The Betrothed (in Italian: I promessi sposi) is an Italian historical novel. It is considered the most important novel in the Italian literature and the work which best represents the Italian Unification. The first version was published in 1823, it was then revised by the author himself and published again in its final version between 1840 and 1842.
Set in Italy in year 1628, during the Spanish occupation, it was the first example of historical novel in Italian literature. Although the setting had been chosen by Manzoni with the actual intent to refer to the Austro-Hungarian domination over Northern Italy, the novel became known also because of its good descriptions of some historical events of the 17th Century, mostly the ones referring to the plague that struck Milan between 1629 and 1631.
- Lorenzo Tramaglino, or in short form Renzo, is a young silk-weaver of humble origins, engaged to Lucia, whom he loves deeply. Initially rather naive, he becomes more cunning throughout the novel as he is confronted with many difficulties: he is separated from Lucia and then unjustly accused of being a criminal. Renzo is somewhat short-tempered, but also gentle and honest.
- Lucia Mondella is a pious and kind young woman who loves Renzo. She is forced to flee from her town to escape from Don Rodrigo in one of the most famous scenes of Italian literature, the Addio ai Monti or "Farewell to the mountains."
- Don Abbondio is the priest who refuses to marry Renzo and Lucia because he has been threatened by Don Rodrigo's men; he meets the two protagonists several times during the novel. The cowardly, morally mediocre Don Abbondio provides most of the book's comic relief; however, he is not merely a stock character, as his moral failings are portrayed by Manzoni with a mixture of irony, sadness and pity, as has been noted by Luigi Pirandello in his essay "On Humour" (Saggio sull'Umorismo).
- Fra Cristoforo is a brave and generous friar who helps Renzo and Lucia, acting as a sort of "father figure" to both and as the moral compass of the novel. Fra Cristoforo was the son of a wealthy family, and joined the Capuchin Order after killing a man. He dies because he has contracted the plague while trying to help the sick.
- Don Rodrigo is a cruel and despicable nobleman and the novel's main villain. He decides to prevent with the force Renzo and Lucia's marriage, threatens to kill Don Abbondio if he marries the two and tries to kidnap Lucia. He dies in the plague, after repenting for his sins.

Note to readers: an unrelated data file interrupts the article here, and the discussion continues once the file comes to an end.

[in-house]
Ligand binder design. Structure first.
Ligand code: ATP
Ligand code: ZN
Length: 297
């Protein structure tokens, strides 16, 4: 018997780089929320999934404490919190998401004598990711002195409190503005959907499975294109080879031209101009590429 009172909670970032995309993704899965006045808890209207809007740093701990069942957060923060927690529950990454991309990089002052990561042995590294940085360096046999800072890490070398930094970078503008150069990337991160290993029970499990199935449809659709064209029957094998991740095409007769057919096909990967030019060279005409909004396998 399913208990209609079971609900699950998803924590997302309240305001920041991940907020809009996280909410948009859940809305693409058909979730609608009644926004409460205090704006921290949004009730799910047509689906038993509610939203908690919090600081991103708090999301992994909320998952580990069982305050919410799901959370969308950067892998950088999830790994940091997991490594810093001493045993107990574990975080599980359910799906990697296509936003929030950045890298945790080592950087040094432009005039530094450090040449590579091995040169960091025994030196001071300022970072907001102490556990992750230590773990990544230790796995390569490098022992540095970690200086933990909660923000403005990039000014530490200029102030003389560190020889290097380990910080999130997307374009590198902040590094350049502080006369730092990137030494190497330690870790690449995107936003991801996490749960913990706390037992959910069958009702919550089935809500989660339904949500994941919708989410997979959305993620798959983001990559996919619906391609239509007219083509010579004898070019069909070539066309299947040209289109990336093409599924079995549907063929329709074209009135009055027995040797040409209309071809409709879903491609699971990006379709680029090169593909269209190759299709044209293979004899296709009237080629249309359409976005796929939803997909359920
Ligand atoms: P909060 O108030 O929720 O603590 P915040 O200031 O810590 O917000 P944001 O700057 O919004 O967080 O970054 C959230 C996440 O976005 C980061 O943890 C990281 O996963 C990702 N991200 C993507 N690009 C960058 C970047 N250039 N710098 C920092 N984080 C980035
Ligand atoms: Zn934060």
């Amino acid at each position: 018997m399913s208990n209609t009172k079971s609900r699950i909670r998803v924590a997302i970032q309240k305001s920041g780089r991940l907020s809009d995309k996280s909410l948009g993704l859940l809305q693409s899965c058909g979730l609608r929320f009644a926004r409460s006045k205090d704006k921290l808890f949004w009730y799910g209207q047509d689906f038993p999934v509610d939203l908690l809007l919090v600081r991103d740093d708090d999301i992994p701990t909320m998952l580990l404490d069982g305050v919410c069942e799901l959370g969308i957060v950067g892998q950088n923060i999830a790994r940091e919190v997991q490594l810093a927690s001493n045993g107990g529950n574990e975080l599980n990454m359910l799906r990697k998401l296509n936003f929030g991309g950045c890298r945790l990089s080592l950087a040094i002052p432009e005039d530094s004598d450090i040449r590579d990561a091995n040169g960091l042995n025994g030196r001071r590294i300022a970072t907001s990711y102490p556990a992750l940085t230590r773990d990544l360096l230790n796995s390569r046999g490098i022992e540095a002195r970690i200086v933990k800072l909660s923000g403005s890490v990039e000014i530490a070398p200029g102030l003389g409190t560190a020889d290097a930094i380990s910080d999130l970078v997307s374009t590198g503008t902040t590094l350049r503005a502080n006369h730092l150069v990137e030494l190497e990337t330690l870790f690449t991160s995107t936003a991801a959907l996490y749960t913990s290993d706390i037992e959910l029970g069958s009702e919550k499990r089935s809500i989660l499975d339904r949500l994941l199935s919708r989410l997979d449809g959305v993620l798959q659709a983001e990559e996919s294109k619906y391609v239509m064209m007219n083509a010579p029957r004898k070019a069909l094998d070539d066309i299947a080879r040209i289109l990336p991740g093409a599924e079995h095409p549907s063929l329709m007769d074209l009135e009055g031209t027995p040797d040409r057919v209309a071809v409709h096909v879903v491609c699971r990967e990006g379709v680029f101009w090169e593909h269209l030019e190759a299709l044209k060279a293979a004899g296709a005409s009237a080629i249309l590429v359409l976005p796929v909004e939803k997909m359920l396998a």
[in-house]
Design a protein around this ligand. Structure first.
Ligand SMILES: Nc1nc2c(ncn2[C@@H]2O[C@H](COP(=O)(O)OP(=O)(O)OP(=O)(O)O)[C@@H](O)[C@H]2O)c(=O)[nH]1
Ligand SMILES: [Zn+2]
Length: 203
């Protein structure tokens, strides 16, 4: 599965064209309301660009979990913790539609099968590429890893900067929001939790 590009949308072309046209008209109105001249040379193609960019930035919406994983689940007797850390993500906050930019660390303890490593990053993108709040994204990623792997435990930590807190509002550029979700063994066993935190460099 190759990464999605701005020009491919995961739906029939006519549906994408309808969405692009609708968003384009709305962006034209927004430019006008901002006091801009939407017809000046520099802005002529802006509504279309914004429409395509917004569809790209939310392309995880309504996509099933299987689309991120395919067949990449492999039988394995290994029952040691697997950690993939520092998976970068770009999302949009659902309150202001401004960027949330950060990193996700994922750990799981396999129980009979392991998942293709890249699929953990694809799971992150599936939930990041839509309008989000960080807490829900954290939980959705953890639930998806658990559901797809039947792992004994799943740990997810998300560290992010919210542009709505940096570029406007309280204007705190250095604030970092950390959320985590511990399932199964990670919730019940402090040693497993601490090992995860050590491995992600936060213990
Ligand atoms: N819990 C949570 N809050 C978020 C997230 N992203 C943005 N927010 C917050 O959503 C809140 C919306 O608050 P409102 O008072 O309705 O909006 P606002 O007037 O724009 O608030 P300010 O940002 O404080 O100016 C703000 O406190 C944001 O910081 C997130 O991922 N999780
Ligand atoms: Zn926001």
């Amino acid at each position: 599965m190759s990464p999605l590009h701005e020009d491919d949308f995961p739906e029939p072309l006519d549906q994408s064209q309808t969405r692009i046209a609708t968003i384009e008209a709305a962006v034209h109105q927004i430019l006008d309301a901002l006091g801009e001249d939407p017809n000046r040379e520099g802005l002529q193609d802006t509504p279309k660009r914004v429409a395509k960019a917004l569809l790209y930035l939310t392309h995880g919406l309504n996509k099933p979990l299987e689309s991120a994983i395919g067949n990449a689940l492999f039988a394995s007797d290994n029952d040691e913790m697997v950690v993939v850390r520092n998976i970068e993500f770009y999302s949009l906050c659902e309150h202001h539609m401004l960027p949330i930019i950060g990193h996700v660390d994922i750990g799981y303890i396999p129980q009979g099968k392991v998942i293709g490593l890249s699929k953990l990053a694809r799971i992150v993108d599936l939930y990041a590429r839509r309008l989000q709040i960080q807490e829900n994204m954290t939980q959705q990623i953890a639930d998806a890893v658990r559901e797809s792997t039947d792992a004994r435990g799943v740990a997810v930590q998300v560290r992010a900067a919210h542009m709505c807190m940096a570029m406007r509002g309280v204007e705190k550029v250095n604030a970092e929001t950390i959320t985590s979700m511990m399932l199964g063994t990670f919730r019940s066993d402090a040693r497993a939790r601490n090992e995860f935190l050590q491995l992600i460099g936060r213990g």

- L'Innominato (literally: the Unnamed) is probably the novel's most complex character, a powerful and feared criminal who is torn between his ferocious past and the increasing disgust he feels for his life. Based on the historical character of Francesco Bernardino Visconti, who was really converted by a visit of Federico Borromeo.
- Agnese (Agnes) is Lucia's wise mother.
- Federico Borromeo is a virtuous and zealous cardinal. Historical character.
- Perpetua is Don Abbondio's loquacious servant.
- La Monaca di Monza (the Nun of Monza), whose real name is Gertrude (Gertrude) is a tragic figure, a bitter, frustrated and ambiguous woman. She befriends Lucia and becomes genuinely fond of her, but her dark past still haunts her. Based on a real historical character.
- Griso is one of Don Rodrigo's henchmen, a silent and traitorous man. He dies in the plague, contracting the illness from his master whom he tried to rob.
- Dr Azzecca-garbugli ("Quibble-weaver") is a corrupt lawyer, friend to Don Rodrigo.
- Count Attilio is Don Rodrigo's malevolent cousin.
- Nibbio (Kite - the bird) is the Innominato's right-hand man.
- Don Ferrante is a phony intellectual and erudite scholar who believes the plague is caused by astrological forces.
- Donna Prassede is Don Ferrante's wife, who is willing to help Lucia but is also a slightly arrogant bigot.
The novel begins with a description of the landscapes around the Como Lake. Soon after, the author introduces the character of Don Abbondio, a lazy and fearful country-priest, who is having his daily walk. He is stopped by a couple of "bravi" (thugs), who order him not to celebrate the marriage between Lorenzo Tramaglino (Renzo) and Lucia Mondella, which should have taken place the following day.